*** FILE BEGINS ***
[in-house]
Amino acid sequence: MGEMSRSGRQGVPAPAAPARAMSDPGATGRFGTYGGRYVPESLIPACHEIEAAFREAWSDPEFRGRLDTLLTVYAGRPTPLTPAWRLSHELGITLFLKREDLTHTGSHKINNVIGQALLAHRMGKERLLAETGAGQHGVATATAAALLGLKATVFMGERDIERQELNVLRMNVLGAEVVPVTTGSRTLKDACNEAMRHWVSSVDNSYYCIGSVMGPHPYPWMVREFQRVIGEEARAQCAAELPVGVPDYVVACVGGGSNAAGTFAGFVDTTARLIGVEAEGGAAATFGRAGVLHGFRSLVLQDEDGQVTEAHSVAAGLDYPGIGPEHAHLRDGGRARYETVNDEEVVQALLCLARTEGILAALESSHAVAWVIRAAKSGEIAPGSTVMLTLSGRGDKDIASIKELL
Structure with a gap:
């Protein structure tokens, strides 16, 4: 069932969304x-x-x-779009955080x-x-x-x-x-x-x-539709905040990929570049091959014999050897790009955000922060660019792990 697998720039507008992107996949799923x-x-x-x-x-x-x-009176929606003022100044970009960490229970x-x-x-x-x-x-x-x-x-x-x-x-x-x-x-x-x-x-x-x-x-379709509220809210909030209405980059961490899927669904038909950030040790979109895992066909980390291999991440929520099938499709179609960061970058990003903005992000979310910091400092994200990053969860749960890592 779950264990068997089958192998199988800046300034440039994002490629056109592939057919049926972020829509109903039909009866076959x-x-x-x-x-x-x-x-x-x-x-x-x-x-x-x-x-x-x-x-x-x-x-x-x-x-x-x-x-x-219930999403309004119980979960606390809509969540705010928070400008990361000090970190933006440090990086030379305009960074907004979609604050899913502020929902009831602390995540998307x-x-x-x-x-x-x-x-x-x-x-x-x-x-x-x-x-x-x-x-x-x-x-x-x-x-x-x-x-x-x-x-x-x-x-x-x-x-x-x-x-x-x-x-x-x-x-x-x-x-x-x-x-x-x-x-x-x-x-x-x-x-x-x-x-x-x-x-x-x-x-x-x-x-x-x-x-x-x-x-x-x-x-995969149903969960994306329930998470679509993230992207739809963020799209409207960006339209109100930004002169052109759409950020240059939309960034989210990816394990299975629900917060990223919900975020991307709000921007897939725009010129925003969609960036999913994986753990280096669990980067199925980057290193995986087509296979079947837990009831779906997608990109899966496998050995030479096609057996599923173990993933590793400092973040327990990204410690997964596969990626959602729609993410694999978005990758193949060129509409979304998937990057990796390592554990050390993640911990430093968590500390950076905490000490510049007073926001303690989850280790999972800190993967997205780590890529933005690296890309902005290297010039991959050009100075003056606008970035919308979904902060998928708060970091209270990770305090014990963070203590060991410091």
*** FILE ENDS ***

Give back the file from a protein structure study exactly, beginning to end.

[in-house]
Amino acid sequence: MGEMSRSGRQGVPAPAAPARAMSDPGATGRFGTYGGRYVPESLIPACHEIEAAFREAWSDPEFRGRLDTLLTVYAGRPTPLTPAWRLSHELGITLFLKREDLTHTGSHKINNVIGQALLAHRMGKERLLAETGAGQHGVATATAAALLGLKATVFMGERDIERQELNVLRMNVLGAEVVPVTTGSRTLKDACNEAMRHWVSSVDNSYYCIGSVMGPHPYPWMVREFQRVIGEEARAQCAAELPVGVPDYVVACVGGGSNAAGTFAGFVDTTARLIGVEAEGGAAATFGRAGVLHGFRSLVLQDEDGQVTEAHSVAAGLDYPGIGPEHAHLRDGGRARYETVNDEEVVQALLCLARTEGILAALESSHAVAWVIRAAKSGEIAPGSTVMLTLSGRGDKDIASIKELL
Structure with a gap:
């Protein structure tokens, strides 16, 4: 069932969304x-x-x-779009955080x-x-x-x-x-x-x-539709905040990929570049091959014999050897790009955000922060660019792990 697998720039507008992107996949799923x-x-x-x-x-x-x-009176929606003022100044970009960490229970x-x-x-x-x-x-x-x-x-x-x-x-x-x-x-x-x-x-x-x-x-379709509220809210909030209405980059961490899927669904038909950030040790979109895992066909980390291999991440929520099938499709179609960061970058990003903005992000979310910091400092994200990053969860749960890592 779950264990068997089958192998199988800046300034440039994002490629056109592939057919049926972020829509109903039909009866076959x-x-x-x-x-x-x-x-x-x-x-x-x-x-x-x-x-x-x-x-x-x-x-x-x-x-x-x-x-x-219930999403309004119980979960606390809509969540705010928070400008990361000090970190933006440090990086030379305009960074907004979609604050899913502020929902009831602390995540998307x-x-x-x-x-x-x-x-x-x-x-x-x-x-x-x-x-x-x-x-x-x-x-x-x-x-x-x-x-x-x-x-x-x-x-x-x-x-x-x-x-x-x-x-x-x-x-x-x-x-x-x-x-x-x-x-x-x-x-x-x-x-x-x-x-x-x-x-x-x-x-x-x-x-x-x-x-x-x-x-x-x-x-995969149903969960994306329930998470679509993230992207739809963020799209409207960006339209109100930004002169052109759409950020240059939309960034989210990816394990299975629900917060990223919900975020991307709000921007897939725009010129925003969609960036999913994986753990280096669990980067199925980057290193995986087509296979079947837990009831779906997608990109899966496998050995030479096609057996599923173990993933590793400092973040327990990204410690997964596969990626959602729609993410694999978005990758193949060129509409979304998937990057990796390592554990050390993640911990430093968590500390950076905490000490510049007073926001303690989850280790999972800190993967997205780590890529933005690296890309902005290297010039991959050009100075003056606008970035919308979904902060998928708060970091209270990770305090014990963070203590060991410091």